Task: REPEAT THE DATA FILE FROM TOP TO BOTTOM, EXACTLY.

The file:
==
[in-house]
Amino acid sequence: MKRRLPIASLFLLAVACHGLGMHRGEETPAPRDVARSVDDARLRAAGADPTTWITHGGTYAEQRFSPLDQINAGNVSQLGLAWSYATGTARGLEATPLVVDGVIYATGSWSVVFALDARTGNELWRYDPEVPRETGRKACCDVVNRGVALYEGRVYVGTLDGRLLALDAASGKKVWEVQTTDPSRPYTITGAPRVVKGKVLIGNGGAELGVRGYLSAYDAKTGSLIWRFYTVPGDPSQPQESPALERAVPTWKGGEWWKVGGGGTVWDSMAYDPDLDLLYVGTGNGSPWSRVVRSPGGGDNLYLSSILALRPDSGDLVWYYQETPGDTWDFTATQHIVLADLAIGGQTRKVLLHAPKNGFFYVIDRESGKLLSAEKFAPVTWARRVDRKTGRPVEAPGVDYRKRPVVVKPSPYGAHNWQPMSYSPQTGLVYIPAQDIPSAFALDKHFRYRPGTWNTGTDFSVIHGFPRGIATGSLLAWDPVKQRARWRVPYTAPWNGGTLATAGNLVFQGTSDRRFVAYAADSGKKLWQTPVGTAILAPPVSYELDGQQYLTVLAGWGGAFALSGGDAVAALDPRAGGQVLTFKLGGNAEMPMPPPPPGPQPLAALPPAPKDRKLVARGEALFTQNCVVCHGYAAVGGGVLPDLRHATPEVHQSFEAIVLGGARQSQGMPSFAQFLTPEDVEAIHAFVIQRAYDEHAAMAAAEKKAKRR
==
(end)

[in-house]
Amino acid sequence: MKRRLPIASLFLLAVACHGLGMHRGEETPAPRDVARSVDDARLRAAGADPTTWITHGGTYAEQRFSPLDQINAGNVSQLGLAWSYATGTARGLEATPLVVDGVIYATGSWSVVFALDARTGNELWRYDPEVPRETGRKACCDVVNRGVALYEGRVYVGTLDGRLLALDAASGKKVWEVQTTDPSRPYTITGAPRVVKGKVLIGNGGAELGVRGYLSAYDAKTGSLIWRFYTVPGDPSQPQESPALERAVPTWKGGEWWKVGGGGTVWDSMAYDPDLDLLYVGTGNGSPWSRVVRSPGGGDNLYLSSILALRPDSGDLVWYYQETPGDTWDFTATQHIVLADLAIGGQTRKVLLHAPKNGFFYVIDRESGKLLSAEKFAPVTWARRVDRKTGRPVEAPGVDYRKRPVVVKPSPYGAHNWQPMSYSPQTGLVYIPAQDIPSAFALDKHFRYRPGTWNTGTDFSVIHGFPRGIATGSLLAWDPVKQRARWRVPYTAPWNGGTLATAGNLVFQGTSDRRFVAYAADSGKKLWQTPVGTAILAPPVSYELDGQQYLTVLAGWGGAFALSGGDAVAALDPRAGGQVLTFKLGGNAEMPMPPPPPGPQPLAALPPAPKDRKLVARGEALFTQNCVVCHGYAAVGGGVLPDLRHATPEVHQSFEAIVLGGARQSQGMPSFAQFLTPEDVEAIHAFVIQRAYDEHAAMAAAEKKAKRR